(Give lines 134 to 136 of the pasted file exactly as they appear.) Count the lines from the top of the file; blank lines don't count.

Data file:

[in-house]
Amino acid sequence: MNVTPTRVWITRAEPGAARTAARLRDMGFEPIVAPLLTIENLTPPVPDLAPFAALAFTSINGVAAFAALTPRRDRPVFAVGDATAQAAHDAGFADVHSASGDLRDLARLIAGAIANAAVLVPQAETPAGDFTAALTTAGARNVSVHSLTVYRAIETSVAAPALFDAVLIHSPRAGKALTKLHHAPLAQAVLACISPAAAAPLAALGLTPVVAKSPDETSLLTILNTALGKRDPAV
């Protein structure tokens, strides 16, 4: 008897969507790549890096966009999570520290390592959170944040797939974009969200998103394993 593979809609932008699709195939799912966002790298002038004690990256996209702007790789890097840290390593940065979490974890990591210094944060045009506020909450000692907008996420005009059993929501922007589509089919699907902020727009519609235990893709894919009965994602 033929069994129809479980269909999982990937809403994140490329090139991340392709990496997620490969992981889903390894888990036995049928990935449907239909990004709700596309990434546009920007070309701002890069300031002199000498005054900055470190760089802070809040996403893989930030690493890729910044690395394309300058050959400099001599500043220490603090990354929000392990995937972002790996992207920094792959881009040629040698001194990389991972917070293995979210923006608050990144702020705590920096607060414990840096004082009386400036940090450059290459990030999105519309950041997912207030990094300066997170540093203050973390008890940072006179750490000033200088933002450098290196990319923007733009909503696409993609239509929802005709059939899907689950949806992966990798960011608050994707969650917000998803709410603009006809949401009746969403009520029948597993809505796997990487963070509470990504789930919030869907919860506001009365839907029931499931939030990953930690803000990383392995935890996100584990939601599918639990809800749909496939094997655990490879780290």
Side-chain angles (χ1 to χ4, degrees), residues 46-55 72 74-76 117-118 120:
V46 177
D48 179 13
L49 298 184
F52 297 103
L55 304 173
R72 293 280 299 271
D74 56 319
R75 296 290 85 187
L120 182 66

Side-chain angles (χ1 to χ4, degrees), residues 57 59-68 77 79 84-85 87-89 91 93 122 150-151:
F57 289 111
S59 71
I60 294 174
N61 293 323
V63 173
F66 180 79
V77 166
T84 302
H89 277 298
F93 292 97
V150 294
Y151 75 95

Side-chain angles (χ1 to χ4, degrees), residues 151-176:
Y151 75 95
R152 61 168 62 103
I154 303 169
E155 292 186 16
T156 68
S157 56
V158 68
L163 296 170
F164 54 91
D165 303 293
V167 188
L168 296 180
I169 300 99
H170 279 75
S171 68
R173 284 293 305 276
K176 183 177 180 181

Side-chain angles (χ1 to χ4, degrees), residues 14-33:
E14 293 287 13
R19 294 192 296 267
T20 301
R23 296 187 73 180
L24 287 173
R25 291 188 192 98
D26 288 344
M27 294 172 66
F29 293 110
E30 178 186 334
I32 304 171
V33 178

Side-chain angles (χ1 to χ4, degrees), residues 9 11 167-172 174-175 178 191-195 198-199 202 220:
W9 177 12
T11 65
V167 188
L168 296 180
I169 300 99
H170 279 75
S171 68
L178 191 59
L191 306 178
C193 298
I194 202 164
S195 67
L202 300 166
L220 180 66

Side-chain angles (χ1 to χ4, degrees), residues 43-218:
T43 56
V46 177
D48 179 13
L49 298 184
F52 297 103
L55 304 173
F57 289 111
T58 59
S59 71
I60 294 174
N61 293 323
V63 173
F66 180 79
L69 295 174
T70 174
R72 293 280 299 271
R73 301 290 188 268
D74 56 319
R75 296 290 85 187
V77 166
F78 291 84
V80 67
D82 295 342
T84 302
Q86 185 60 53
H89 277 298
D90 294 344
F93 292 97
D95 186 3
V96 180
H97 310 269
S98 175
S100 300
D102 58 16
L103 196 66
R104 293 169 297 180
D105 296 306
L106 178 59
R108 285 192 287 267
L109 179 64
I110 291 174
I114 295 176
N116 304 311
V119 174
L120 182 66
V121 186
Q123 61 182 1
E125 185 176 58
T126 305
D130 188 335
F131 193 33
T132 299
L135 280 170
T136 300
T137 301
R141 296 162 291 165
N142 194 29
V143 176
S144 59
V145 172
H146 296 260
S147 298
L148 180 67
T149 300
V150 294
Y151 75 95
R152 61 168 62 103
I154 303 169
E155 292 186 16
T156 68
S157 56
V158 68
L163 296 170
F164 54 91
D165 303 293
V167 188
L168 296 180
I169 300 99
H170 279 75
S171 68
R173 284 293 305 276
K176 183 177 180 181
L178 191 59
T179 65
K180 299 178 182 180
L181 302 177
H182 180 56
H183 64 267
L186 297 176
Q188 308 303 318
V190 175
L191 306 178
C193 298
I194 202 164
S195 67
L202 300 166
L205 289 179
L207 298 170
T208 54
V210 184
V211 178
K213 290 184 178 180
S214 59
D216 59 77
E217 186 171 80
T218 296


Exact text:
H146 296 260
S147 298
L148 180 67